OneNote is your digital notebook for capturing, organizing and sharing all of your notes and information. It helps you gather everything into one central location, and works across all your devices.
Google Tasks is a to do list that makes it easy to plan your day and stay organized. It helps you keep track of the tasks that matter most to you—at work, at home, and everywhere in between.
Want to explore OneNote + Google Tasks quick connects for faster integration? Here’s our list of the best OneNote + Google Tasks quick connects.Explore quick connects
Looking for the Google Tasks Alternatives? Here is the list of top Google Tasks Alternatives
It's easy to connect OneNote + Google Tasks without coding knowledge. Start creating your own business flow.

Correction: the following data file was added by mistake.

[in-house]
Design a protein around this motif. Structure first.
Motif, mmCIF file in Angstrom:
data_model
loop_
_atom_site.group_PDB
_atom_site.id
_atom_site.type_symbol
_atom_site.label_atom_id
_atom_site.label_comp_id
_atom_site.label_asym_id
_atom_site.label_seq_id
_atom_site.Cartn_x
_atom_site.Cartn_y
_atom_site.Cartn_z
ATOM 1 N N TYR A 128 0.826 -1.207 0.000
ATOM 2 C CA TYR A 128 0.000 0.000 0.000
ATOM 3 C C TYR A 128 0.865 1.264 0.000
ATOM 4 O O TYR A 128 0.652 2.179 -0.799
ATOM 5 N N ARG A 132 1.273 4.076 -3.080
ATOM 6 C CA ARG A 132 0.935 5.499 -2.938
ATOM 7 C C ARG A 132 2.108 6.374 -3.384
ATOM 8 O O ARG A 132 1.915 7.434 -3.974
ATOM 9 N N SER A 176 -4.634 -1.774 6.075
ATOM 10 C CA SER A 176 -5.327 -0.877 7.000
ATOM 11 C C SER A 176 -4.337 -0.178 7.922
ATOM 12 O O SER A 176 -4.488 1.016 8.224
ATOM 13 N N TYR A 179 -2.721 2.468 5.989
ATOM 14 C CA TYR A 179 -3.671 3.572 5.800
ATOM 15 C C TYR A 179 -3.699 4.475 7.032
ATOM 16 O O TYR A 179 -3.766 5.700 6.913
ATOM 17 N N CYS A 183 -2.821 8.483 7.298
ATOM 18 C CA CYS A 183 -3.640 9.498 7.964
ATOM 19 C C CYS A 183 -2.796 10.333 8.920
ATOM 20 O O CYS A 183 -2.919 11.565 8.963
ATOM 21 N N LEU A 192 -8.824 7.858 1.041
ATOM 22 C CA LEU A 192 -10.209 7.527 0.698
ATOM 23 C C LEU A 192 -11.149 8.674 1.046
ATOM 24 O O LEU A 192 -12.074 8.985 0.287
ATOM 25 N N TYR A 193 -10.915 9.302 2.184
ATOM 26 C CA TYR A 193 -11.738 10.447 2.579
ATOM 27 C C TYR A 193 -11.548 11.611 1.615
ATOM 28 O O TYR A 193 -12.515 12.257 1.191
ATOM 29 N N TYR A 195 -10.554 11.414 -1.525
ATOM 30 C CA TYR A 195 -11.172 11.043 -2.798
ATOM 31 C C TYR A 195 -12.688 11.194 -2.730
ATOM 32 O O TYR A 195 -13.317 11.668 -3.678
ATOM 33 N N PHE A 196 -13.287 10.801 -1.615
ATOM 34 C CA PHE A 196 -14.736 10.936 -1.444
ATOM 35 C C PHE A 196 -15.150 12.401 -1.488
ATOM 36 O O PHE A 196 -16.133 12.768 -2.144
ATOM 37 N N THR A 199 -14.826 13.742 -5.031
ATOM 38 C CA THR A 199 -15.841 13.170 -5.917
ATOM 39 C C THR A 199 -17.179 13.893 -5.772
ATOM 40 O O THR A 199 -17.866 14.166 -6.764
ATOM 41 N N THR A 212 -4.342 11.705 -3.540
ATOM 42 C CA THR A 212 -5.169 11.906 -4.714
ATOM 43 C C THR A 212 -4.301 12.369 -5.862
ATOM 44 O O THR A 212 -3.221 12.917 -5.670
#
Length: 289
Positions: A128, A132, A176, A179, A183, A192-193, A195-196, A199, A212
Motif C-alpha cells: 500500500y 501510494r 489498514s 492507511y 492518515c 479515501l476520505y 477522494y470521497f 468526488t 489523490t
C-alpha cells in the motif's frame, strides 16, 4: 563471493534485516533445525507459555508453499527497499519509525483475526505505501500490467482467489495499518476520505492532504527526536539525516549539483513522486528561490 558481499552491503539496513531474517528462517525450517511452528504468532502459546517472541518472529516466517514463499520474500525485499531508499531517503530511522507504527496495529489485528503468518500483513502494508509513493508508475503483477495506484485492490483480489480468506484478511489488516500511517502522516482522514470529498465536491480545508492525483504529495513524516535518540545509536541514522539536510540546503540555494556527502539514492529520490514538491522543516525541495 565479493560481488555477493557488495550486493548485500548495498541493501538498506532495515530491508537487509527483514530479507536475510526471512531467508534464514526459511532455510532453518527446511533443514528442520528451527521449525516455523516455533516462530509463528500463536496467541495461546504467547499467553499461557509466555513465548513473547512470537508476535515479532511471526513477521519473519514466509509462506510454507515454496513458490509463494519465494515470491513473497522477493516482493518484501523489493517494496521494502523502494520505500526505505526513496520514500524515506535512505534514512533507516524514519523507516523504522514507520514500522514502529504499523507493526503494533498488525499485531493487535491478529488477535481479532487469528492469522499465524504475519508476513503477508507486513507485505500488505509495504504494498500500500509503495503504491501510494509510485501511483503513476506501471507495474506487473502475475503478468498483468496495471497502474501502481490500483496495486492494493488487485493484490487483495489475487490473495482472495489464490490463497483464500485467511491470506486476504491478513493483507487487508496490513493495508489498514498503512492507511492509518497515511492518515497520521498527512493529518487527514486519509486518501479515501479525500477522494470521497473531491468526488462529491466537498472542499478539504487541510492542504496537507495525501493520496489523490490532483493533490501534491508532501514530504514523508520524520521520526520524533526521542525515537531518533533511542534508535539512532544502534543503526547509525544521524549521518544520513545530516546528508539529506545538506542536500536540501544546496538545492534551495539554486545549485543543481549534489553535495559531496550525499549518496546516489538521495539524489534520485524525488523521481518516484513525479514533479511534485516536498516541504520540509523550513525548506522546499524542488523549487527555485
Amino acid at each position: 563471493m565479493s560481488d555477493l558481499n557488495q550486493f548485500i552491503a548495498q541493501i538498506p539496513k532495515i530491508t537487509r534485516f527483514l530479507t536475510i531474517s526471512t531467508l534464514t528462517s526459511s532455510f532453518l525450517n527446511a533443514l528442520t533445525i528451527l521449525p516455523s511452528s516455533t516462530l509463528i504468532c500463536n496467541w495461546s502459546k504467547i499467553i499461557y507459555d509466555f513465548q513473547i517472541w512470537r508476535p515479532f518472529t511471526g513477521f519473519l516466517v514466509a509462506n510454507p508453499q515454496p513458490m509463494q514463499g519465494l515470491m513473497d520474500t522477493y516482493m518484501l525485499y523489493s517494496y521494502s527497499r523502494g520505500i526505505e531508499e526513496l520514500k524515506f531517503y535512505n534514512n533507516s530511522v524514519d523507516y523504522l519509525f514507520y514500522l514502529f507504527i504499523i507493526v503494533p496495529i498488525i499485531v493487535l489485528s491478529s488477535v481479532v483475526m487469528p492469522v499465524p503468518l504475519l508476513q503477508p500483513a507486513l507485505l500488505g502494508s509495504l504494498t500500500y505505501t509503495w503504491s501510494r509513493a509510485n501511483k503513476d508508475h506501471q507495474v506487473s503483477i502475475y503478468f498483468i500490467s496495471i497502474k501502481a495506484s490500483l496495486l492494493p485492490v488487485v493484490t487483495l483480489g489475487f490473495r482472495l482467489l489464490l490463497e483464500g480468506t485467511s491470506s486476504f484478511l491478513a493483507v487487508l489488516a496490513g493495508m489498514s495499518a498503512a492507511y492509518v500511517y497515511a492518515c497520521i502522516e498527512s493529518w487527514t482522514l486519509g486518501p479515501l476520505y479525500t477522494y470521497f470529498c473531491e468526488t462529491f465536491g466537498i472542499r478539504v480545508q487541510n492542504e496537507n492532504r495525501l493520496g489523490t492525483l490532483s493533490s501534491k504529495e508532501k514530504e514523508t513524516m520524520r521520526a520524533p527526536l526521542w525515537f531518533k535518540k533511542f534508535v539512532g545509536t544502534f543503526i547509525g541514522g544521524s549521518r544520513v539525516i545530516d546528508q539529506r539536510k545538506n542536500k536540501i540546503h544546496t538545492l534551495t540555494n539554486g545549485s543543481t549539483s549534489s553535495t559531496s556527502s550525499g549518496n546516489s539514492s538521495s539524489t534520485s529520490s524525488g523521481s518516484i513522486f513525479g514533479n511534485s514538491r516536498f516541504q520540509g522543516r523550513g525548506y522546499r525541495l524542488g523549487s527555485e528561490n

Triggers when a new note is created in a notebook/section.
Triggers when a task is completed in a specific task list.
Triggers when a new task is added or updated old task.
Triggers when a new task list is created.
Create a new note in the "Quick Notes" section of your default notebook.
Creates a new note in a specific Notebook/Section
Creates a new task.
Creates a new task list.
Update an existing task.